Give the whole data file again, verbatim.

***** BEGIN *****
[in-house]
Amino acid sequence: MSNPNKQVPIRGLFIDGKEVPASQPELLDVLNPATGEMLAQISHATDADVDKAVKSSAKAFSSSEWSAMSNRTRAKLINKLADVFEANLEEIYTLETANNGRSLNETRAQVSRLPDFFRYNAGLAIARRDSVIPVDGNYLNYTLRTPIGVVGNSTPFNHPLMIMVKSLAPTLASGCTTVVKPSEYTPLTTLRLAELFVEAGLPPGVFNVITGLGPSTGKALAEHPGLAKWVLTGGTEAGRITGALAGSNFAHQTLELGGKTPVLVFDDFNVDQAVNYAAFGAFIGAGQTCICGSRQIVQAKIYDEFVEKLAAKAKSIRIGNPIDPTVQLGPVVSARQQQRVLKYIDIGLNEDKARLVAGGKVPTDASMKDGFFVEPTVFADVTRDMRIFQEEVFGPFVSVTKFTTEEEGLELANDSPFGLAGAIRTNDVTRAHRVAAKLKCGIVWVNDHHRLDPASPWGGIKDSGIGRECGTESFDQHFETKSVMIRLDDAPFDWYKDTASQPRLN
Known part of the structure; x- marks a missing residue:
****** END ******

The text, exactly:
[in-house]
Amino acid sequence: MSNPNKQVPIRGLFIDGKEVPASQPELLDVLNPATGEMLAQISHATDADVDKAVKSSAKAFSSSEWSAMSNRTRAKLINKLADVFEANLEEIYTLETANNGRSLNETRAQVSRLPDFFRYNAGLAIARRDSVIPVDGNYLNYTLRTPIGVVGNSTPFNHPLMIMVKSLAPTLASGCTTVVKPSEYTPLTTLRLAELFVEAGLPPGVFNVITGLGPSTGKALAEHPGLAKWVLTGGTEAGRITGALAGSNFAHQTLELGGKTPVLVFDDFNVDQAVNYAAFGAFIGAGQTCICGSRQIVQAKIYDEFVEKLAAKAKSIRIGNPIDPTVQLGPVVSARQQQRVLKYIDIGLNEDKARLVAGGKVPTDASMKDGFFVEPTVFADVTRDMRIFQEEVFGPFVSVTKFTTEEEGLELANDSPFGLAGAIRTNDVTRAHRVAAKLKCGIVWVNDHHRLDPASPWGGIKDSGIGRECGTESFDQHFETKSVMIRLDDAPFDWYKDTASQPRLN
Known part of the structure; x- marks a missing residue: